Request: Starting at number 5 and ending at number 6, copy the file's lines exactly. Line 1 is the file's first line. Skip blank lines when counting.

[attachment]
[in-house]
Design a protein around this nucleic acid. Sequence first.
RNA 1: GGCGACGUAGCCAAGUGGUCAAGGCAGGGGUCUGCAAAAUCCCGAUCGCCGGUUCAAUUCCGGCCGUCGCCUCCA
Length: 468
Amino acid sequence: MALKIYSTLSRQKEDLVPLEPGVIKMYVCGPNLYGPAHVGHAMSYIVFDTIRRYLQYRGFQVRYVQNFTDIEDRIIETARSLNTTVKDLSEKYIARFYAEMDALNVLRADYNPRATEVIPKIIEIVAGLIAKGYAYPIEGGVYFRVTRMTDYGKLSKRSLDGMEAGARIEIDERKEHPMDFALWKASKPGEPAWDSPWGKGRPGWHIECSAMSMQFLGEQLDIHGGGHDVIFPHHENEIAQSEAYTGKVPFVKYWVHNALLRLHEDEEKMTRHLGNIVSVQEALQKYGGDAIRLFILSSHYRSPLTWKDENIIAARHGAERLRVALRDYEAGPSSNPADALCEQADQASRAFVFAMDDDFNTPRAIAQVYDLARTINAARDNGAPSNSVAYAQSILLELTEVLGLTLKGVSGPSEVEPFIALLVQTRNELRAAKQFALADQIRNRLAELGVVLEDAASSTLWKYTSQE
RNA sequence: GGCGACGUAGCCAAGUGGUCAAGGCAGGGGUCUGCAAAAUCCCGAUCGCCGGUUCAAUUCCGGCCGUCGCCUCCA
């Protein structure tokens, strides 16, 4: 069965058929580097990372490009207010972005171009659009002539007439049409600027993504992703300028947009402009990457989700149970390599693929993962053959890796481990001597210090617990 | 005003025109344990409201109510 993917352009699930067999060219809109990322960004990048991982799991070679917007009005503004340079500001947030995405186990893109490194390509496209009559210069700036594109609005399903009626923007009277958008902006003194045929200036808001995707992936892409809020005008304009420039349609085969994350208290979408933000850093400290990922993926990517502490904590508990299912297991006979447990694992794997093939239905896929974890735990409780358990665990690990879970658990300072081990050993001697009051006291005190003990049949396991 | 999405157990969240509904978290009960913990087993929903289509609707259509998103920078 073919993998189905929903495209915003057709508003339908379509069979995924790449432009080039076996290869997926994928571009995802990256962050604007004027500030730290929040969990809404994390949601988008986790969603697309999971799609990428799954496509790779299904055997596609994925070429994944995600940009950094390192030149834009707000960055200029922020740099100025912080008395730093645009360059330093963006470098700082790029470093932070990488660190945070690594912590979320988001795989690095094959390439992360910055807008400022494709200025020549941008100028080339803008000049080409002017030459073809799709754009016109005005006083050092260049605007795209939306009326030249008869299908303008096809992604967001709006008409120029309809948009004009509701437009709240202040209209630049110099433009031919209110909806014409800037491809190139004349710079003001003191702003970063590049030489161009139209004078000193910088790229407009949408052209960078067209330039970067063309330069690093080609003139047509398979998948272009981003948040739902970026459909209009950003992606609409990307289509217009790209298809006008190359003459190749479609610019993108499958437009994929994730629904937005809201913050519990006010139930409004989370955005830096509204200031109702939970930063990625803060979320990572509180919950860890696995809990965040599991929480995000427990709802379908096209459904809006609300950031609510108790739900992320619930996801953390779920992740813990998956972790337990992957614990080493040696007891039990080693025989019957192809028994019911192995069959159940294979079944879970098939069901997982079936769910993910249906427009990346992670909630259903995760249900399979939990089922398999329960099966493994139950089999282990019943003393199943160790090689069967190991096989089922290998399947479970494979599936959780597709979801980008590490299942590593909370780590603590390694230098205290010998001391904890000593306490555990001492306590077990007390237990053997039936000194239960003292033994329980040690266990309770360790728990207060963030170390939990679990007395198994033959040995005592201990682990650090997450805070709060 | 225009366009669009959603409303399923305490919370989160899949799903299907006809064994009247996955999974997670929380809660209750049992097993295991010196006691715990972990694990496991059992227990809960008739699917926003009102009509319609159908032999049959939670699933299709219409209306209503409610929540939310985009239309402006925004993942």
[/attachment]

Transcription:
Amino acid sequence: MALKIYSTLSRQKEDLVPLEPGVIKMYVCGPNLYGPAHVGHAMSYIVFDTIRRYLQYRGFQVRYVQNFTDIEDRIIETARSLNTTVKDLSEKYIARFYAEMDALNVLRADYNPRATEVIPKIIEIVAGLIAKGYAYPIEGGVYFRVTRMTDYGKLSKRSLDGMEAGARIEIDERKEHPMDFALWKASKPGEPAWDSPWGKGRPGWHIECSAMSMQFLGEQLDIHGGGHDVIFPHHENEIAQSEAYTGKVPFVKYWVHNALLRLHEDEEKMTRHLGNIVSVQEALQKYGGDAIRLFILSSHYRSPLTWKDENIIAARHGAERLRVALRDYEAGPSSNPADALCEQADQASRAFVFAMDDDFNTPRAIAQVYDLARTINAARDNGAPSNSVAYAQSILLELTEVLGLTLKGVSGPSEVEPFIALLVQTRNELRAAKQFALADQIRNRLAELGVVLEDAASSTLWKYTSQE
RNA sequence: GGCGACGUAGCCAAGUGGUCAAGGCAGGGGUCUGCAAAAUCCCGAUCGCCGGUUCAAUUCCGGCCGUCGCCUCCA